In 2004, the Supreme Court of the United States changed the legal landscape when it decided United States v. Crawford. The Court declared that a prior testimonial statement made by a declarant who does not testify at trial may only be admitted against a criminal defendant if both the declarant is unavailable to testify and the defendant had a prior opportunity to cross-examine him or her. Over time, courts have made clear that if a statement is testimonial in nature it is subject to the constraints of the Sixth Amendment's Confrontation Clause. However, despite these holdings, courts and scholars have grappled with the meaning of "testimonial" and with the way to apply the haphazard definition to courtroom situations. Most troubling is the handling of statements that normally would fall under an accepted hearsay exception (usually deemed nontestimonial), but in fact were prepared in anticipation of litigation (usually considered testimonial). Is such a hybrid statement afforded the protections of the Confrontation Clause? The Seventh Circuit, in United States v. Ellis, has said no. However, other courts have said yes. Even after three years and countless decisions, the meaning of testimonial still causes legal headaches. This Note will attempt to bring coherence to the intersection between the Confrontation Clause and the business-records exception and propose a new rule: If a document is prepared in anticipation of litigation, then it should be considered testimonial, and thus afforded the protection of the Confrontation Clause.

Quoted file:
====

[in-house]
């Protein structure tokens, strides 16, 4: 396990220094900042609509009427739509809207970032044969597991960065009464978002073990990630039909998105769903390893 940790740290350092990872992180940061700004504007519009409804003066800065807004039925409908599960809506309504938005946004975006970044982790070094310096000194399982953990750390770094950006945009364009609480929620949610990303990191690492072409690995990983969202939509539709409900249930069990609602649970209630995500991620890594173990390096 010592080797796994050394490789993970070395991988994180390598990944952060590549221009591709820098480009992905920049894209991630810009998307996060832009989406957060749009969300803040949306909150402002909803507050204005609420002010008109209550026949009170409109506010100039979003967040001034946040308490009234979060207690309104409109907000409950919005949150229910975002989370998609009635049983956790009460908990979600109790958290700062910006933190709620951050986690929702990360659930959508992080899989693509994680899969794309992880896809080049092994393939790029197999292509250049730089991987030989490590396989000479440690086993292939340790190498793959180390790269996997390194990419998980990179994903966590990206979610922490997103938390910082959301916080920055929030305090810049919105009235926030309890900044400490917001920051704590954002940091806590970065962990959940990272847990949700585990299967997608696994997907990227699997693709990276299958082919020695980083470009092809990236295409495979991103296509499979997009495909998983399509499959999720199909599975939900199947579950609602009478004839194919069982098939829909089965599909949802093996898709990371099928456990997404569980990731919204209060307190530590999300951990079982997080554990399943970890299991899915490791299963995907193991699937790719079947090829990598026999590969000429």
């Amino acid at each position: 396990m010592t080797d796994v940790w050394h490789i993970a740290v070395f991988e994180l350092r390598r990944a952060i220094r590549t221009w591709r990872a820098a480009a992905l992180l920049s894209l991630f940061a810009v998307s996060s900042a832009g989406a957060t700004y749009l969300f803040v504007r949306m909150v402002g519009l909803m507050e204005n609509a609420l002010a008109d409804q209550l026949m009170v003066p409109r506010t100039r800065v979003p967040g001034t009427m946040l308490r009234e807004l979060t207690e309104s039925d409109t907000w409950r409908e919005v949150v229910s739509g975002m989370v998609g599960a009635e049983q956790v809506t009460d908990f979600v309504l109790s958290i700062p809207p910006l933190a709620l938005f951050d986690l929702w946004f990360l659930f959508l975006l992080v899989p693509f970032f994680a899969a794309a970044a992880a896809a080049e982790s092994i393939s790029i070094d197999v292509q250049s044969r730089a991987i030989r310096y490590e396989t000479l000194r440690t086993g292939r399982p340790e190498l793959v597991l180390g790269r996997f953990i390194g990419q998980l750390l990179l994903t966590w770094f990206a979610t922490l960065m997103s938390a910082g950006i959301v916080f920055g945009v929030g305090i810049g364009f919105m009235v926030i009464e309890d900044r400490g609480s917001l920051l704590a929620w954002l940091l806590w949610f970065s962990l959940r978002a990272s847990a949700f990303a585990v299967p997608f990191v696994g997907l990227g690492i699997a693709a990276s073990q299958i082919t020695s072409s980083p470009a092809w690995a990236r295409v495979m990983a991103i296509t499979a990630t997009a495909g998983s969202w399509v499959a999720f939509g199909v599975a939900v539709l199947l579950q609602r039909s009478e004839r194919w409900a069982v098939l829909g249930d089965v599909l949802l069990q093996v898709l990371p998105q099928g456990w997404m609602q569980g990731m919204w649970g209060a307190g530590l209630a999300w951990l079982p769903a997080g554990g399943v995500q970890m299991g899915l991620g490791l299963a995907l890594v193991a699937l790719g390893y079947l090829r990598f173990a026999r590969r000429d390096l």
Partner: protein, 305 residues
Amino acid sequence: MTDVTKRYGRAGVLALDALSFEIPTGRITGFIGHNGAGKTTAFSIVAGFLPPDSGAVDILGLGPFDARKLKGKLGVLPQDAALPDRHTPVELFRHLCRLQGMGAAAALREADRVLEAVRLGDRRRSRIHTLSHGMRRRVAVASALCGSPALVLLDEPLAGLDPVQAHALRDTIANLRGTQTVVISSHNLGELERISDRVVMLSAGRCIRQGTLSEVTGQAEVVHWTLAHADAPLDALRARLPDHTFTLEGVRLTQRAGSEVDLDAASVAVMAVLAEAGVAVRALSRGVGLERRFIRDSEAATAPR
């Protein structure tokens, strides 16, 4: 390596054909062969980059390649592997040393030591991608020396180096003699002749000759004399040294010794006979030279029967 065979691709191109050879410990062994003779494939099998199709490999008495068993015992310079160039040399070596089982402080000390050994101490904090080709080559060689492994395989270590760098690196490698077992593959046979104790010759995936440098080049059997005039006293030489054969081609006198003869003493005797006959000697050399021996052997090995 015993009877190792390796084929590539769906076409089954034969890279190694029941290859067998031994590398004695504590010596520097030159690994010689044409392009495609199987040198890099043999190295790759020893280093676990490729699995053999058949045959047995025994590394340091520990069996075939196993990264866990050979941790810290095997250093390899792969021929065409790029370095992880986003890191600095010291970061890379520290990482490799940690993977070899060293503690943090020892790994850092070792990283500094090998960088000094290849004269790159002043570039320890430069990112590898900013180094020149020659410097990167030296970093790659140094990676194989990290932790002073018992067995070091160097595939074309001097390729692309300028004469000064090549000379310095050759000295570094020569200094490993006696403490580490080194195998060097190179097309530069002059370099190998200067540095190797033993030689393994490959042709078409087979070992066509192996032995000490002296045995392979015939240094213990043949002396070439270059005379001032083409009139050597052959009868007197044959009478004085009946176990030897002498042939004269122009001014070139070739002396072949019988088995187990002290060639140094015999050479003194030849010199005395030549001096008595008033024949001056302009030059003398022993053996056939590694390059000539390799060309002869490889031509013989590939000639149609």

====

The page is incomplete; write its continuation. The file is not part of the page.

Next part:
Gabriela M. Reyes-Noyola,
Objectively Unreasonable: The Seventh Circuit Limits Criminal Defendants’ Rights Under the Confrontation Clause,
Seventh Circuit Rev.
Available at: http://scholarship.kentlaw.iit.edu/seventhcircuitreview/vol2/iss2/6